The English Governess at the Siamese Court
by Anna Leonowens
Language : English1870 - 1) E-edition (pdf) via Blackmask, 2002 | 2) Digital Resources, Library of Congress, USA - 321 pages - Hardback Fields, Osgood and Co., Boston, USA
When Anna Leonowens' book was published in 1870, public attention swiftly focused on scandalous details. Siamese King Mongkut and his 39 wives and concubines, his some 87 children, triggered some salacious interest that was later lamented by Thai scholars and leaders for its slanderous character. The "depravity" of Far-East despots, compared to righteous, hard-working and even puritanical Western establishment...The fact that the author had published an excerpt entitled "The Favorite of the Harem" in the American press did not help.
However, when carefully reading again this accoount nowadays, one can only be impressed by how well-informed on Siamese mores the author was, and how carefully she studied details of the life at the Siamese Royal Court and around the country. Some examples:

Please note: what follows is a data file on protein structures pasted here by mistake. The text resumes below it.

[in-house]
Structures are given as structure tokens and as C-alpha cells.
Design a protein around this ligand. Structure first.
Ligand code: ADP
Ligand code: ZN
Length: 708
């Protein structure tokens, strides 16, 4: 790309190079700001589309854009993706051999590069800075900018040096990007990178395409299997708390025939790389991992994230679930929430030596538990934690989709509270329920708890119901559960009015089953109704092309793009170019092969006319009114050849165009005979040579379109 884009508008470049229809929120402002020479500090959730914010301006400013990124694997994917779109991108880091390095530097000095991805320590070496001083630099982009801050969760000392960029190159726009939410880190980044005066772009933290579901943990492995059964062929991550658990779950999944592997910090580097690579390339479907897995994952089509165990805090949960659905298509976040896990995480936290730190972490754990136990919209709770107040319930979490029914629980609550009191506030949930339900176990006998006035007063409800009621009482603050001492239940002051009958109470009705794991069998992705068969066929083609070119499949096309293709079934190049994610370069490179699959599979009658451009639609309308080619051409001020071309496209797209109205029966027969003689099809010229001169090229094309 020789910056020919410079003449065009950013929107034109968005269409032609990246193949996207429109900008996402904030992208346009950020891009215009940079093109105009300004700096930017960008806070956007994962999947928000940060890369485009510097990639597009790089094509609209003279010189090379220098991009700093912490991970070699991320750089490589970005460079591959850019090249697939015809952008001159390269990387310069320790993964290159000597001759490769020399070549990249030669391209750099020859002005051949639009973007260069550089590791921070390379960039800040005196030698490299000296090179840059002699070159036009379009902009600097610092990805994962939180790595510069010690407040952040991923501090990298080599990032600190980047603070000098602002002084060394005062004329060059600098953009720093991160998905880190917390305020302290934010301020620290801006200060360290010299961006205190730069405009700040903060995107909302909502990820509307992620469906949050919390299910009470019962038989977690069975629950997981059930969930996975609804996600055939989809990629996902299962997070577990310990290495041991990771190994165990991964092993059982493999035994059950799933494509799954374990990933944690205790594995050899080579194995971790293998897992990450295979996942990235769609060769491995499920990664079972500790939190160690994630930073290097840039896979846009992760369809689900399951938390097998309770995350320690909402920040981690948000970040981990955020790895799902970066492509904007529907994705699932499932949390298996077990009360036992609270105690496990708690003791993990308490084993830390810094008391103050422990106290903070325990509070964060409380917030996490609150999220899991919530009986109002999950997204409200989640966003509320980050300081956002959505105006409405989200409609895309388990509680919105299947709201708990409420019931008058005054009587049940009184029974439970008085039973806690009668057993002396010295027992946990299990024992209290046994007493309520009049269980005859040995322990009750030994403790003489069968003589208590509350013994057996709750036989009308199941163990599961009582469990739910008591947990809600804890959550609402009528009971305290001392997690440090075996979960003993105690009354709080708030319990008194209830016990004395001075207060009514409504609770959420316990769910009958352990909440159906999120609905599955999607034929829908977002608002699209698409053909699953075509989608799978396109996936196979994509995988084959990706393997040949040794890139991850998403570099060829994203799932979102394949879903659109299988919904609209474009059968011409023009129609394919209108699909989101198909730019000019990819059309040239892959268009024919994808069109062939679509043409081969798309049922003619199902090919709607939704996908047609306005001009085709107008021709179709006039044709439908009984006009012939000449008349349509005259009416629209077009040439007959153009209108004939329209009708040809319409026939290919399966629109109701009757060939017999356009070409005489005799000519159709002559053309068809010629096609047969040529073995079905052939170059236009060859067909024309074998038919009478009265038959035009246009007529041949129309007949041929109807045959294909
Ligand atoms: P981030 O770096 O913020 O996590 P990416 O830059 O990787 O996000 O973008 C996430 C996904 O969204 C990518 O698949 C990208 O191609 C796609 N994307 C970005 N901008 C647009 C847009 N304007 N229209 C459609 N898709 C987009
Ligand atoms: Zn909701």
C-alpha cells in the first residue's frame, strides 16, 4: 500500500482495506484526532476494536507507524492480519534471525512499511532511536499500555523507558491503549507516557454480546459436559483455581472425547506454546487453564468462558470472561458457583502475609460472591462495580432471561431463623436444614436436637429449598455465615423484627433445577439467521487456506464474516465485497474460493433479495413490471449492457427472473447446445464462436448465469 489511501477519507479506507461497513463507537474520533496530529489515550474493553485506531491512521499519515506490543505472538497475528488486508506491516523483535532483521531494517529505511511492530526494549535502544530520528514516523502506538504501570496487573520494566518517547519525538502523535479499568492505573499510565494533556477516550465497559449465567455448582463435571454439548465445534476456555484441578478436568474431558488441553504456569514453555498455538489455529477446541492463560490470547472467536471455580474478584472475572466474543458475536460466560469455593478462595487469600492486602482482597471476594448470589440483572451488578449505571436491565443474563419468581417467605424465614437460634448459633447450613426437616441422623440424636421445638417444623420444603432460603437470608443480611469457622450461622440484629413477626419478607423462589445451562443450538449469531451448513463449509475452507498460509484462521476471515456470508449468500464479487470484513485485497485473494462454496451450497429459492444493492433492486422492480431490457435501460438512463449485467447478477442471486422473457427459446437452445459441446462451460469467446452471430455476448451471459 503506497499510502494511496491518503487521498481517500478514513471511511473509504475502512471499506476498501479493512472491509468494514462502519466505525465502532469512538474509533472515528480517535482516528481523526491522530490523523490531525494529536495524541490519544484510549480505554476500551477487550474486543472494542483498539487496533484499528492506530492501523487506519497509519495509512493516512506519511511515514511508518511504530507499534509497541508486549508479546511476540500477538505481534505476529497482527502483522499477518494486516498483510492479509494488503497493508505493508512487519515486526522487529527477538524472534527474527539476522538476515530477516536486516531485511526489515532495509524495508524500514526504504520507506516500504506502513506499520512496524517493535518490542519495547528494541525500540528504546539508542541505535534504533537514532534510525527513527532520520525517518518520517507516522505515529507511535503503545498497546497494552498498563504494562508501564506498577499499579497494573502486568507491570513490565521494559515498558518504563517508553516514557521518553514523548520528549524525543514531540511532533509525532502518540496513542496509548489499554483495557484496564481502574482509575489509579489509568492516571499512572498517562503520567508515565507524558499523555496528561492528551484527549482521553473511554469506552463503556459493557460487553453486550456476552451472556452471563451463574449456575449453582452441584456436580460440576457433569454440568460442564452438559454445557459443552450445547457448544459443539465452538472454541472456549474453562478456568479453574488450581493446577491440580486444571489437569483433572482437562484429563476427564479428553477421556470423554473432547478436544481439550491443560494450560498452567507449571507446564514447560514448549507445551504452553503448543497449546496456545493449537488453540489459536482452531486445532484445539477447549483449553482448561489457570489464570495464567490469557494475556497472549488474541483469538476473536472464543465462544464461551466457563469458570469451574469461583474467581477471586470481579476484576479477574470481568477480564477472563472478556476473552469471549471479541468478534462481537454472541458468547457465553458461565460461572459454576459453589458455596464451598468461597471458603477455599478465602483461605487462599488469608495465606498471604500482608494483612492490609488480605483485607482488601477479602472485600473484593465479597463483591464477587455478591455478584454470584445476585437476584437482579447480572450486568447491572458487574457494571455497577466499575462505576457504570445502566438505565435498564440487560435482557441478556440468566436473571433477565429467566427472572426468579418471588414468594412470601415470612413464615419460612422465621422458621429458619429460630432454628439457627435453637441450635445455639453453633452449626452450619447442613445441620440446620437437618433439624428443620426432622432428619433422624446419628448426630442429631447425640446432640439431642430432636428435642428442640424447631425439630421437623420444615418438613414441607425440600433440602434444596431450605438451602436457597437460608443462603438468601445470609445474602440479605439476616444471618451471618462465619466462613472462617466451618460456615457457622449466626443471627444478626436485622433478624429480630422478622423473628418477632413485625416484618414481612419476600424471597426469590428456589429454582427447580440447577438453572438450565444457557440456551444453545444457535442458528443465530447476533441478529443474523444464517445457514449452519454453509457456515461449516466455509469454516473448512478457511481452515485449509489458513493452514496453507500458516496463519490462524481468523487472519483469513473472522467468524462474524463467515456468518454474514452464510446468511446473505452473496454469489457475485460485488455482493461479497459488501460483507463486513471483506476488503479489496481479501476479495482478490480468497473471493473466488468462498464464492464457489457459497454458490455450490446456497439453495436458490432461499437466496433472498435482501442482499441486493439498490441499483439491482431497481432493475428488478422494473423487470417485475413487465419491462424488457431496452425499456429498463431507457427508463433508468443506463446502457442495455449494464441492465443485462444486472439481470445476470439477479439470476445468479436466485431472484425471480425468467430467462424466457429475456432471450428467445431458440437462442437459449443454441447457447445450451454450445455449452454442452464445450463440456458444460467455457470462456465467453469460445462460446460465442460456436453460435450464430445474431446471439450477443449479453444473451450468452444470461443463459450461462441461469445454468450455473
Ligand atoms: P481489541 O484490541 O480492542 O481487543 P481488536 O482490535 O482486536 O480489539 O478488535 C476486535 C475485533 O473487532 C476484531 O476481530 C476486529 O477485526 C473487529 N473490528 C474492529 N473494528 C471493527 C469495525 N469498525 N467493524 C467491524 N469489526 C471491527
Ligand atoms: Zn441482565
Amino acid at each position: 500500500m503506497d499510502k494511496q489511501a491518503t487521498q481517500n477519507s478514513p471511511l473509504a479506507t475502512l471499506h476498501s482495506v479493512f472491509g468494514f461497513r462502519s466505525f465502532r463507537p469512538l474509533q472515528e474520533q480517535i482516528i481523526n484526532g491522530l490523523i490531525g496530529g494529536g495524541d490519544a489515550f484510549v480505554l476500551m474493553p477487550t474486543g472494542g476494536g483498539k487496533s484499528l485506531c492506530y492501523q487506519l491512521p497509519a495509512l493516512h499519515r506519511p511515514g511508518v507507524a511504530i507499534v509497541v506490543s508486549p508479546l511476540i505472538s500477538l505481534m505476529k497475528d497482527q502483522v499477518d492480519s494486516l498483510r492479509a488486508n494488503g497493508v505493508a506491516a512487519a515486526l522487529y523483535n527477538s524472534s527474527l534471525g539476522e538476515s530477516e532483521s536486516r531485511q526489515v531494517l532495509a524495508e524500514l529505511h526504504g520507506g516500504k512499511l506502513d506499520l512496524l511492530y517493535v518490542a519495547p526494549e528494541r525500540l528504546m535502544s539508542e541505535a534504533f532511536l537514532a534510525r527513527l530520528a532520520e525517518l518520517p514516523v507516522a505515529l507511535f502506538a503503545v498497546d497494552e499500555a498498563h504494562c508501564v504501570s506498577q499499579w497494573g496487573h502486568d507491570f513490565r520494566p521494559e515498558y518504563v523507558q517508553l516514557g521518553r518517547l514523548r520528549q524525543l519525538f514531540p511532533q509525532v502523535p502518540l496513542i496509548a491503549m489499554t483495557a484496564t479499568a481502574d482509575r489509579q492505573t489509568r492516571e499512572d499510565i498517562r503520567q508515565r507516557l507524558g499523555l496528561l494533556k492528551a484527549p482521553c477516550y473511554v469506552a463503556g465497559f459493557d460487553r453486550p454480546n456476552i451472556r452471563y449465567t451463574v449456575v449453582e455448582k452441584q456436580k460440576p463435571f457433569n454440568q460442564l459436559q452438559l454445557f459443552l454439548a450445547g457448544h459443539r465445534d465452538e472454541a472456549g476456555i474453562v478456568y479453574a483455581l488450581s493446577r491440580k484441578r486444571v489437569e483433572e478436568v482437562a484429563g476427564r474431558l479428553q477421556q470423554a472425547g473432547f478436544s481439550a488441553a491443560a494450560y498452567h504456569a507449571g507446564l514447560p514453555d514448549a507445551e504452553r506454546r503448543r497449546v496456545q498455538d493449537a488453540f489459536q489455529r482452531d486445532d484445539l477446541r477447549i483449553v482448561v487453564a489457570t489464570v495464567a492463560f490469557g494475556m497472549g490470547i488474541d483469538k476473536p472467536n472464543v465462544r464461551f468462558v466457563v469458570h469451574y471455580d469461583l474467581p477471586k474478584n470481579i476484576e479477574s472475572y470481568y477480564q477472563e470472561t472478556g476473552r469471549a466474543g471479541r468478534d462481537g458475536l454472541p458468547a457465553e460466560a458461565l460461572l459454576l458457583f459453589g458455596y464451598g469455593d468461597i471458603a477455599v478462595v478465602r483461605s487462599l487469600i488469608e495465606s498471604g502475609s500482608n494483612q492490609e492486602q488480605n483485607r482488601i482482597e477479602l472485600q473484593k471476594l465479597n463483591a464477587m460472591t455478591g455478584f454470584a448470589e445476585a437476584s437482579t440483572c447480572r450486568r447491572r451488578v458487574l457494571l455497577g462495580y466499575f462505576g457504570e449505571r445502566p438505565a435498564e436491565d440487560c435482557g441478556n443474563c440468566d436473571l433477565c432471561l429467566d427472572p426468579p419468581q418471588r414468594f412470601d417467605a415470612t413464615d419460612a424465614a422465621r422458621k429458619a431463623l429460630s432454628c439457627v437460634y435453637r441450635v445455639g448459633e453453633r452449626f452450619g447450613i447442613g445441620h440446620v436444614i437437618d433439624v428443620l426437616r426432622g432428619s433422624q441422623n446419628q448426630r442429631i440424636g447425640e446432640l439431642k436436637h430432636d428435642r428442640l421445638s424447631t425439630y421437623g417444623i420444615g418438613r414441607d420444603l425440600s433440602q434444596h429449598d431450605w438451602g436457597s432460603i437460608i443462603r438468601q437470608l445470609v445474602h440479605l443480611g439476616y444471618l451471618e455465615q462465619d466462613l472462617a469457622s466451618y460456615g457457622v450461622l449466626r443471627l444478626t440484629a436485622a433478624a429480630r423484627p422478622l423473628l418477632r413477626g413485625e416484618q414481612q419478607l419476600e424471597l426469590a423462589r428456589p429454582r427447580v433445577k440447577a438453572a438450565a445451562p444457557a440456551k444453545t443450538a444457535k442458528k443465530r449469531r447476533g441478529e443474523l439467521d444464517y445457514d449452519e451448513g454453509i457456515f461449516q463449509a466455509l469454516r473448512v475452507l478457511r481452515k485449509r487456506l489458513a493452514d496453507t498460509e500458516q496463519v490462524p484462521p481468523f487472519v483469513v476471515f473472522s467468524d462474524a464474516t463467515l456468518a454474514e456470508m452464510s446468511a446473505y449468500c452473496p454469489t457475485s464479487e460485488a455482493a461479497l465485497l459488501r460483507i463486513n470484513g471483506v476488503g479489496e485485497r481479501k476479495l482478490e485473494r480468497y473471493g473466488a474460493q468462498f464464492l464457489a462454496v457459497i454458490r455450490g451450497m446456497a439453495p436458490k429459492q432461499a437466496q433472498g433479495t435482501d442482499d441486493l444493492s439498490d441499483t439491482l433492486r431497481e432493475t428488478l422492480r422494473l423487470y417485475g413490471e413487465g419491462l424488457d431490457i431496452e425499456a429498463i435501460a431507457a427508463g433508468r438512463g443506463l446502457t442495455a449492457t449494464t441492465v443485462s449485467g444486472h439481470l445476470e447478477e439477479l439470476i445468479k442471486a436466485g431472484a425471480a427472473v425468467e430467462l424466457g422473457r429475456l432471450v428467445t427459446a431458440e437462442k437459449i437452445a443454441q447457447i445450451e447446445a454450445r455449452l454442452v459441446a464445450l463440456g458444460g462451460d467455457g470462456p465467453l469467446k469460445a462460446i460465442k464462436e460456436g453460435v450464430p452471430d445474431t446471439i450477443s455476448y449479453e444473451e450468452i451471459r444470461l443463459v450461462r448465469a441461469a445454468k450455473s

- the governess paid close attention to the musical performances at Court events and religious functions. In particular, she writes: "The Siamese, naturally imaginative and gay, cultivate music with great zest. Every village has its orchestra, every prince and noble his band of musicians, and in every part of Bangkok the sound of strange instruments is heard continually. Their music is not in parts like ours, but there is always harmony with good expression, and an agreeable variety of movement and volume is derived from the diversity of instruments and the taste of the players. The principal instrument, the khong-vong, is composed of a series of hemispherical metallic bells or cups inverted and suspended by cords to a wooden frame. The performer strikes the bells with two little hammers covered with soft leather, producing an agreeable harmony. The hautboy player (who is usually a professional juggler and snake-charmer also) commonly leads the band. Kneeling and swaying his body forward and backward, and from side to side, he keeps time to the movement of the music. His instrument has six holes, but no keys, and may be either rough or smoothly finished. The ranat, or harmonicon, is a wooden instrument, with keys made of wood from the bashoo-nut tree. These, varying in size from six inches by one to fifteen by two, are connected by pieces of twine, and so fastened to a hollow case of wood about three feet in length and a foot high. The music is "conjured" by the aid of two small hammers corked with leather, like those of the khongvong. The notes are clear and fine, and the instrument admits of much delicacy of touch. Beside these the Siamese have the guitar, the violin, the flute, the cymbals, the trumpet, and the conch-shell. There is the luptima also, another very curious instrument, formed of a dozen long perforated reeds joined with bands and cemented at the joints with wax. The orifice at one end is applied to the lips, and a very moderate degree of skill produces notes so strong and sweet as to remind one of the swell of a church organ. The Laos people have organs and tambourines of different forms; their guitar is almost as agreeable as that of Europe; and of their flutes of several kinds, one is played with the nostril instead of the lips. Another instrument, resembling the banjo of the American negroes, is made from a large long-necked gourd, cut in halves while green, cleaned, dried in the sun, covered with parchment, and strung with from four to six strings. Its notes are pleasing. The takhe, a long guitar with metallic strings, is laid on the floor, and high-born ladies, with fingers armed with shields or nails of gold, draw from it the softest and sweetest sounds. In their funeral ceremonies the chanting of the priests is usually accompanied by the lugubrious wailing music of a sort of clarinet. The songs of Siam are either heroic or amatory; the former celebrating the martial exploits, the latter the more tender adventures, of heroes." (pp169-171)